International child abductions create tough legal challenges

When Texas parents decide that it is time to seek a divorce, the resulting child custody battle can cause emotions to rise. In some cases, one parent may fear that the other parent will be granted full or joint custody of any children the couple may have had. In extreme cases, the parent may flee the country with their children, which often keeps the other parent from having any idea where those children went.

This is not that uncommon of an occurrence. In fact, the U.S. State Department noted that more than 1,000 American children go missing every year after being abducted by a parent. Part of the issue is that diplomatic pressures can make it very difficult for the country to demand the return of a child; in many cases, public perception, trade and even foreign may be at stake. Additionally, parents and attorneys in international abduction cases also often have to travel back and forth, which may not be financially feasible.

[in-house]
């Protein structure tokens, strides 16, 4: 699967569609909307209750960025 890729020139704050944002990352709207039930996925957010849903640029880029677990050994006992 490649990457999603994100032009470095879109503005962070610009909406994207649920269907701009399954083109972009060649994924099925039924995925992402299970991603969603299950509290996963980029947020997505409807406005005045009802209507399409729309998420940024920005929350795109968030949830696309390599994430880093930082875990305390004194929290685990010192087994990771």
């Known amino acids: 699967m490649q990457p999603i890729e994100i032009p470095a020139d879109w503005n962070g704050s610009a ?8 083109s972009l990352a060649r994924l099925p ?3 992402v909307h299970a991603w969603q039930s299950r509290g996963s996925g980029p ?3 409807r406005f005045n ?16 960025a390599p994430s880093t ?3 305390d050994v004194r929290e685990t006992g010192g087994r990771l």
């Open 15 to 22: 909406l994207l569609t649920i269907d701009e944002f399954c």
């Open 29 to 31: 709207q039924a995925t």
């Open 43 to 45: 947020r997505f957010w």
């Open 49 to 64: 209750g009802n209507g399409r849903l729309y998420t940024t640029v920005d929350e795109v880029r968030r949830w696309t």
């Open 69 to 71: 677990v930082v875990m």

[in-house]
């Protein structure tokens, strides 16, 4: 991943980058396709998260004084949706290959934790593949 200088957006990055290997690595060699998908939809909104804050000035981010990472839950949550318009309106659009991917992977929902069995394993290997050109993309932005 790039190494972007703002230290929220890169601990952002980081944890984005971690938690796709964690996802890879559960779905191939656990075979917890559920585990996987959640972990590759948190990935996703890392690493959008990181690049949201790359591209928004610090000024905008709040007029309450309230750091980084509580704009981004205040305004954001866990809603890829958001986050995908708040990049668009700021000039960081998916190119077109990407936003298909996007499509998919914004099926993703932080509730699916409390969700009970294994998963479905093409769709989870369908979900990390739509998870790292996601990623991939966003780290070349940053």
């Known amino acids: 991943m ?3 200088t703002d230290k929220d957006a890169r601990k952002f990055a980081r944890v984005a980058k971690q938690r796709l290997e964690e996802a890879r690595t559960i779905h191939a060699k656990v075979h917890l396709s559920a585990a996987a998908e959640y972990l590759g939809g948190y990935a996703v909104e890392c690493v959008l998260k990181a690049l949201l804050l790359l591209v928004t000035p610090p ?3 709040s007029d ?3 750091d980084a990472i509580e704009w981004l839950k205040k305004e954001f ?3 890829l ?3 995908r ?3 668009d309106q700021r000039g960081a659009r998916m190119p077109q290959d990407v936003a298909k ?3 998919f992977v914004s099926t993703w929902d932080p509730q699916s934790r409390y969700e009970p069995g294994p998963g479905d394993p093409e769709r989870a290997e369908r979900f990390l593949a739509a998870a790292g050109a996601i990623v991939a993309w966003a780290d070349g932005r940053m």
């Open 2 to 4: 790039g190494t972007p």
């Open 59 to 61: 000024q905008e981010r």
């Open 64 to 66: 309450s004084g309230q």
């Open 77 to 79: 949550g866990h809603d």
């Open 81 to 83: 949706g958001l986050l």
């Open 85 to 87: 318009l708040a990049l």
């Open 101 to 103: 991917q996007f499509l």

There have been multiple notable cases over the years. For example, a New Hampshire woman took her then 8-year-old daughter to Central America without permission. She ultimately decided to return to the U.S. when the daughter turned 18. Both she and her second husband face multiple charges, including three felony custodial interference charges and witness tampering, each of which could result in seven years in prison.

While the state of Texas takes international child custody cases extremely seriously, it can be difficult to return children who have been taken abroad by the other parent. Regardless, a family law attorney may assist the parent by working with the proper officials who have the authority to request that the children be brought back into the country. Additionally, once the children are back, the attorney may assist with seeking sole custody.